But what does your team mean? A silly game played by monosyllabic millionaires really shouldn’t matter. It shouldn’t, but oh my, it really does. This seemingly irrational commitment matters. The outsourcing of one’s emotions to a bunch of rich strangers is important. It matters in so many ways.
If one lives in or is from the vicinity of a club, then that tribal affiliation makes a certain sense. Ties to a local team are understood. Proximity is a justification. When those ties move into the realm of identity (and when those doing the identifying are from thousands of miles away) things get confusing.
When speaking of Liverpool I tend to say, we. Imagine that. I’ve been in Liverpool exactly one time. We! I know I’m not the only one. We are all in this, we, we call Liverpool.
It’s the identifying with, or possibly the over identifying, that causes the addiction. And the addiction is the emotional rollercoaster we are choosing to pretend is unavoidable. What those men do on a pitch causes exquisite highs and even more exquisite lows. Oh the lows. It is the heartache of grief. The fury of quashed hope. The pain of despair. It is a stinging lash that tells you that you are alive. That you are alive. That you feel. That you are a part of something bigger. There is more than this mundane plodding from cradle to grave.
Pain, or the possibility of pain, is a huge part of supporting a sports team at sports. Yes, the highs are amazing. Istanbul. Istanbul. Istanbul. But it’s a cup. Great to win. Good for the bank balance. Good for catching the roving eyes of success hungry footballers. Losing in a final hurts. It really hurt to lose to that cock Ramos. To that uber cock Ronaldo. But Liverpool do success in Europe on the regular. And it’s a cup. One is insulated from the true depths by the knowledge that a cup requires luck. The best team doesn’t always win. It is far from a lottery, but it isn’t a league.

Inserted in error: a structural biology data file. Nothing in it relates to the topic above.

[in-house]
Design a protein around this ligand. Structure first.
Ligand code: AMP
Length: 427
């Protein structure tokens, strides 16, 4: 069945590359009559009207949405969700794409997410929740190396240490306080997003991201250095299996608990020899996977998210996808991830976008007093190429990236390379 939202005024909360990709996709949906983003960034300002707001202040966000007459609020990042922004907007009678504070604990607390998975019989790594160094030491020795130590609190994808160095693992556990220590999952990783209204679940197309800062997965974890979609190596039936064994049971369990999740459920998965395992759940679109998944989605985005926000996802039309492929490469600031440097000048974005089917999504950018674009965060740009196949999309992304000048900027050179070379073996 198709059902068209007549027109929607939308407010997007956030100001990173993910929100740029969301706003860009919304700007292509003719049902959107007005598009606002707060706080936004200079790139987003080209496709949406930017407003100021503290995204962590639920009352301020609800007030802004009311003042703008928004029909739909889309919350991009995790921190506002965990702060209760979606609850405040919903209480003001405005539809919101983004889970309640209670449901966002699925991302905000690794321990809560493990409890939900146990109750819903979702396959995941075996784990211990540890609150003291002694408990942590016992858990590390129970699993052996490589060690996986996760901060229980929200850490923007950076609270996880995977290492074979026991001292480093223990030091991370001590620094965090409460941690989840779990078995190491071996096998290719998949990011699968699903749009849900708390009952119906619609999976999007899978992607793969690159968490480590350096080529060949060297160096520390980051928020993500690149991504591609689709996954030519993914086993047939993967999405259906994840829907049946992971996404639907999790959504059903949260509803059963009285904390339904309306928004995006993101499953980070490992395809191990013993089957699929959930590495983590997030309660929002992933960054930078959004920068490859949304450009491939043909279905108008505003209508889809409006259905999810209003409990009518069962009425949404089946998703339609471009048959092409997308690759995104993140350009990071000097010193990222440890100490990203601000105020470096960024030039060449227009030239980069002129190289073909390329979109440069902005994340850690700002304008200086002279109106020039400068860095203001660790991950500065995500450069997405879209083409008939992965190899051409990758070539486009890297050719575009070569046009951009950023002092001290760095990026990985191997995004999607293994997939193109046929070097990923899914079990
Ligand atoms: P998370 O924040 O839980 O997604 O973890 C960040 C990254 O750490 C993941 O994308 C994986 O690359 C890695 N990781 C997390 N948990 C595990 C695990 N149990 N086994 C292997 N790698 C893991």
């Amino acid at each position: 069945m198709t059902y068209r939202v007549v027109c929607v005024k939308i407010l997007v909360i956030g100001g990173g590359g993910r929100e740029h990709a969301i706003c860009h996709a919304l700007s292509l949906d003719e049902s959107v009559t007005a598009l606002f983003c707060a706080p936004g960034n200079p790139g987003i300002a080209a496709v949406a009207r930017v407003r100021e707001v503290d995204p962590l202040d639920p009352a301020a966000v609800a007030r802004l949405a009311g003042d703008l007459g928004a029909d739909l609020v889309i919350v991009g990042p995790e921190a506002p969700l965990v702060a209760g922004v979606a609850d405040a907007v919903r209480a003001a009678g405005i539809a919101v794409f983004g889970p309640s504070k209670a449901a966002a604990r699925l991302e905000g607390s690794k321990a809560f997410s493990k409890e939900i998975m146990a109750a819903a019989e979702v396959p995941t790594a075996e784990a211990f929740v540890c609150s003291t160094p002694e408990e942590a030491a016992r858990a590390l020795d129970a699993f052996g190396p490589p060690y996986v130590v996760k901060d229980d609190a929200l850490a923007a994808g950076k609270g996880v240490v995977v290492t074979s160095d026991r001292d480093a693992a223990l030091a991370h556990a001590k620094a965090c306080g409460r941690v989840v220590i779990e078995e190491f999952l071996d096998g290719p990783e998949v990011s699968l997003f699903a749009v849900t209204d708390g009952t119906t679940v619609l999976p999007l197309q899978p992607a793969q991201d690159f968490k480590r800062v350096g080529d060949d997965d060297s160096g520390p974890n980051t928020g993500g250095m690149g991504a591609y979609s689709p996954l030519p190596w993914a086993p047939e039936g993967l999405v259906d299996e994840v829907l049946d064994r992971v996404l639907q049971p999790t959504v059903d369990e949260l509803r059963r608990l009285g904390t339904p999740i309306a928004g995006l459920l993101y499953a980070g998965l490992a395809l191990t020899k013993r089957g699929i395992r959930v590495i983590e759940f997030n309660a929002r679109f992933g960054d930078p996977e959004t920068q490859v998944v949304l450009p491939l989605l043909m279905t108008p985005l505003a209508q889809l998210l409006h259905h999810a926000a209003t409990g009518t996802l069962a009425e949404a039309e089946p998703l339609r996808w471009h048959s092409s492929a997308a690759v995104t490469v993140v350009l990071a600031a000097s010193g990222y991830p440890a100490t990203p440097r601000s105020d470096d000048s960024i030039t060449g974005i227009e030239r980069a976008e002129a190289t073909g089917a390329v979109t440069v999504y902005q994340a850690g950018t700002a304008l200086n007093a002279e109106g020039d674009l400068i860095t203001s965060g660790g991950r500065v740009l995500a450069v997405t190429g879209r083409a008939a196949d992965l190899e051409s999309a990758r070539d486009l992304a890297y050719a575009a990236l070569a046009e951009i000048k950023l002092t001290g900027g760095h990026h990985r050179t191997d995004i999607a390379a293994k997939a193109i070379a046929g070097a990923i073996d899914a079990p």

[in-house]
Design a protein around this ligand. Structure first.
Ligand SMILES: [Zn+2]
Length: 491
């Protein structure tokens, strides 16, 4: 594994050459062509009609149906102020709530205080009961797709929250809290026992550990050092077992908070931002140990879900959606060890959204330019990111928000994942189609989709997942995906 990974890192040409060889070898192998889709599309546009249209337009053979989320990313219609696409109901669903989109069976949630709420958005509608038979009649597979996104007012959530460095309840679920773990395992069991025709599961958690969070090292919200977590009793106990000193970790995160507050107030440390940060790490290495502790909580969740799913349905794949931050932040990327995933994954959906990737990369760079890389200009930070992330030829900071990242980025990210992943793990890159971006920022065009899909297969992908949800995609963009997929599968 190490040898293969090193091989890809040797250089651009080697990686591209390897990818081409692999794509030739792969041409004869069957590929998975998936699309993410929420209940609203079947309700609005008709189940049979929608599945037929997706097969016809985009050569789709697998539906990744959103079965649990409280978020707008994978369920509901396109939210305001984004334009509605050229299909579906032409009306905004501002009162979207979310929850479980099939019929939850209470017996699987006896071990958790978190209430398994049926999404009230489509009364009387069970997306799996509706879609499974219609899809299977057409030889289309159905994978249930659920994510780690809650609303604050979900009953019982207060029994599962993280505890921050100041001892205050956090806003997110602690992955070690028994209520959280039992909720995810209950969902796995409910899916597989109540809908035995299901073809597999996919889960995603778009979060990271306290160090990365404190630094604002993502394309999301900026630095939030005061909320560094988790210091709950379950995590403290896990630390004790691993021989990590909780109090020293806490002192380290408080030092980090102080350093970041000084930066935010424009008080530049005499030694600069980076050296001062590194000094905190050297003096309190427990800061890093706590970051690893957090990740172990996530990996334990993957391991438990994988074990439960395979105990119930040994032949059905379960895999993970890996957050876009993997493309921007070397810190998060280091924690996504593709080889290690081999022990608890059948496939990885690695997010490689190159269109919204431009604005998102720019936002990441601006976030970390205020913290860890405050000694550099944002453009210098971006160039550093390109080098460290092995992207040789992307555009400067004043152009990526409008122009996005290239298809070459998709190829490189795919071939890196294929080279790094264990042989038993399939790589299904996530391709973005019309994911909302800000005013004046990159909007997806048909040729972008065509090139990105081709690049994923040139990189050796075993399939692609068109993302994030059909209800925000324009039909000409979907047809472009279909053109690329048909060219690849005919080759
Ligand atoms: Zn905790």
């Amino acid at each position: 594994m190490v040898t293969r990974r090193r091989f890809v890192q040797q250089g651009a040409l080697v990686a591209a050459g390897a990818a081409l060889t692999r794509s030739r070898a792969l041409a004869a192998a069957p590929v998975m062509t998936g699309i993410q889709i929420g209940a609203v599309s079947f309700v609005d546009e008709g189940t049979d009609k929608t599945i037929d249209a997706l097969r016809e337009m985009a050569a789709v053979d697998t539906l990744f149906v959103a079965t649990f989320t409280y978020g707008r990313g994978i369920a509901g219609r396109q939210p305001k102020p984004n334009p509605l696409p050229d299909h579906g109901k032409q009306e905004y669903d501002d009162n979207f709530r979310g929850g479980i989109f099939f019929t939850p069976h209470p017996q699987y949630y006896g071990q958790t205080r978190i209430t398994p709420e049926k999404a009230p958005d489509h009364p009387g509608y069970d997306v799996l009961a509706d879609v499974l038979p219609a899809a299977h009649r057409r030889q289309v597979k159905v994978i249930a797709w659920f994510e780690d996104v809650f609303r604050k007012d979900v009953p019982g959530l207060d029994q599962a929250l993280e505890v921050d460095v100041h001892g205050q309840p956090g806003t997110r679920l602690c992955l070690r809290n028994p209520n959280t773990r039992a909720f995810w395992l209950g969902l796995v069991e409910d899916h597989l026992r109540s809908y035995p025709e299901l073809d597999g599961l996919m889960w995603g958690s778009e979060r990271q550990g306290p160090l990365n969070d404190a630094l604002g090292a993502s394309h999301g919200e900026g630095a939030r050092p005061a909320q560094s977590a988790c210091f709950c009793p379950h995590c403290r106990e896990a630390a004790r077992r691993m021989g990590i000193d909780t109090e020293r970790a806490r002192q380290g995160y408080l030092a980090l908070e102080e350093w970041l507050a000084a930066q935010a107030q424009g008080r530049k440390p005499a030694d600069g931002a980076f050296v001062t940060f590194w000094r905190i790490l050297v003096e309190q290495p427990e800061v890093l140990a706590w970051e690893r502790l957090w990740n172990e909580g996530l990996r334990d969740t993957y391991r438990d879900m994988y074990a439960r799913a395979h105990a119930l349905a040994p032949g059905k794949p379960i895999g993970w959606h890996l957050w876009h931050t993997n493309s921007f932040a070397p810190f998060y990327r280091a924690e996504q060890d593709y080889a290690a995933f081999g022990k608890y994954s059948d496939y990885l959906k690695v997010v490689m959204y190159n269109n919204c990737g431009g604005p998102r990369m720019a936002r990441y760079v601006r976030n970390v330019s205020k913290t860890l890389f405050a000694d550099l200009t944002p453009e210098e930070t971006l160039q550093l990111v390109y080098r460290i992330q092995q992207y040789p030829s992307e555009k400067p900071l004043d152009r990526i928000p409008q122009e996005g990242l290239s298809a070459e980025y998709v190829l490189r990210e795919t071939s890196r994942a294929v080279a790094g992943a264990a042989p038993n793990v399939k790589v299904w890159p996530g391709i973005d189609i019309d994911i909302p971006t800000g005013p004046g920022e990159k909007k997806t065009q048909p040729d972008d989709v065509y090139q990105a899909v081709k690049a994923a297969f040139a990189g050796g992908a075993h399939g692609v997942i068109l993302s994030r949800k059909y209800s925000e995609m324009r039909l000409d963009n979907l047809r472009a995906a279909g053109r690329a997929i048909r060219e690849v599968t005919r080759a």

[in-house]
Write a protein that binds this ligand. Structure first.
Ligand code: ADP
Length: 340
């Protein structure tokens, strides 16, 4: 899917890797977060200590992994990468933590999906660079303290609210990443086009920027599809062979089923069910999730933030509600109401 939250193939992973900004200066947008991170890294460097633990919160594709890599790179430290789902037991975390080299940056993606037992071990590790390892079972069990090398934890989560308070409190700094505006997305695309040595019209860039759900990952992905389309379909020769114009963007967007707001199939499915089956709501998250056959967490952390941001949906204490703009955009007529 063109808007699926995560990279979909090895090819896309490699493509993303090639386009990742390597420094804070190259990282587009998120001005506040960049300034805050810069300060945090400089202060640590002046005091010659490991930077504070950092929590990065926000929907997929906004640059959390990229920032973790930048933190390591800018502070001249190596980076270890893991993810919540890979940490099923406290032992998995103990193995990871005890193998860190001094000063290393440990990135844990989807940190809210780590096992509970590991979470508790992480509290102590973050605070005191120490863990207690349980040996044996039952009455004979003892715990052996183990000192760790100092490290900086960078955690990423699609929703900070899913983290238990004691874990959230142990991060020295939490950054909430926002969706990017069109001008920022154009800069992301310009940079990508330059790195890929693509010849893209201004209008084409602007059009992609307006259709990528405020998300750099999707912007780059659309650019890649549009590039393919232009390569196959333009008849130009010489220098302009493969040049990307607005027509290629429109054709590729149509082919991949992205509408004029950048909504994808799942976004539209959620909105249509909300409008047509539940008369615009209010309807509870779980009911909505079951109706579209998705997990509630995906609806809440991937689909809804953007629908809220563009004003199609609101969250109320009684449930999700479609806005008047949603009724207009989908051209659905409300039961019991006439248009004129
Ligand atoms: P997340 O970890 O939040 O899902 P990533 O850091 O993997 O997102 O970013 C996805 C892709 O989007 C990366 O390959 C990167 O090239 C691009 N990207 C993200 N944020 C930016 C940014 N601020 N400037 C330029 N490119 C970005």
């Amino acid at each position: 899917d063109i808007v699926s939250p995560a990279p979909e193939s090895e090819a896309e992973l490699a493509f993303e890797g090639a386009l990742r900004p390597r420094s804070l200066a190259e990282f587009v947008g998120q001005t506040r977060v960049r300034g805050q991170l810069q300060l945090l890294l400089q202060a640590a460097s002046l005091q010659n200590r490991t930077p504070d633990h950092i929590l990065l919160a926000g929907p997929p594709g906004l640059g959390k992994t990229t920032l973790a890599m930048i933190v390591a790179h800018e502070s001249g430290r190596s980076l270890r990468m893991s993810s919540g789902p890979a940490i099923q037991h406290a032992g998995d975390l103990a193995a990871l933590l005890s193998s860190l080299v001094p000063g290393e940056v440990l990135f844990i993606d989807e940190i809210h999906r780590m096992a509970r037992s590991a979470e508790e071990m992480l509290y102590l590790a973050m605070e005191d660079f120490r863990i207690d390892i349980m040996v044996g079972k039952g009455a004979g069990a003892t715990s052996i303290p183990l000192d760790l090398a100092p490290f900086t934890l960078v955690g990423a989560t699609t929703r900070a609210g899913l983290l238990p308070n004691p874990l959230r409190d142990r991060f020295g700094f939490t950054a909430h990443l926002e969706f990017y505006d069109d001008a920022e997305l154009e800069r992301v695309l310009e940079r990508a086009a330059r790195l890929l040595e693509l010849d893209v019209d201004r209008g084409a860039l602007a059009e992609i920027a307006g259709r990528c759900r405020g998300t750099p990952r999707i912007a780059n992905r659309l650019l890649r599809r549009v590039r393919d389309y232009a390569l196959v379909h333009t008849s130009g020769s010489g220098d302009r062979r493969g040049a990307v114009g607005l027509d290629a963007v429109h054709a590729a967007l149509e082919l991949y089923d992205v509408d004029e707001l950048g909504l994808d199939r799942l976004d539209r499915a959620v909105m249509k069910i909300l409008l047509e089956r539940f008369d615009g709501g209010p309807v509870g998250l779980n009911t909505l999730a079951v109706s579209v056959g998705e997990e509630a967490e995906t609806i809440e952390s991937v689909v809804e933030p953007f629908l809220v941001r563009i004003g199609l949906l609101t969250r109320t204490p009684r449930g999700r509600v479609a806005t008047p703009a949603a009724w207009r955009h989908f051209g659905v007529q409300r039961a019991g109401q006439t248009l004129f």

38 games. Home and away. Perhaps once in a generation the vagaries align to allow a Leicester to win but no more than that. Since we last won, we’ve had a few good sides. A few sides that could mount a challenge. But even with Suarez I never truly believed we would finally end the wait.
I’m not enjoying this title run because for the first time in my adult life I believe we are good enough. It terrifies me. At the time of writing, there are eleven games to go. Three months. We are top of the table. I have hope. I fear the disappointment. Will this be our last opportunity for another few decades? Will Klopp keep this team together? Will the owners keep supporting him? Will a meteor shower end all life on Earth? I support a big club, but I suffer with a small club mentality. We should be winning a couple of titles every decade. All signs point to us returning to that level. But it has been so long! I don’t know how to enjoy a race that we could win, but might not win. I support a big club, but I have a small club mentality. I have genuine hope based on facts. But nothing puts one in the way of hurt like hope. I am not enjoying this title run because I have an idea of how bad I’ll feel if we fail. I have no idea what happens if we win.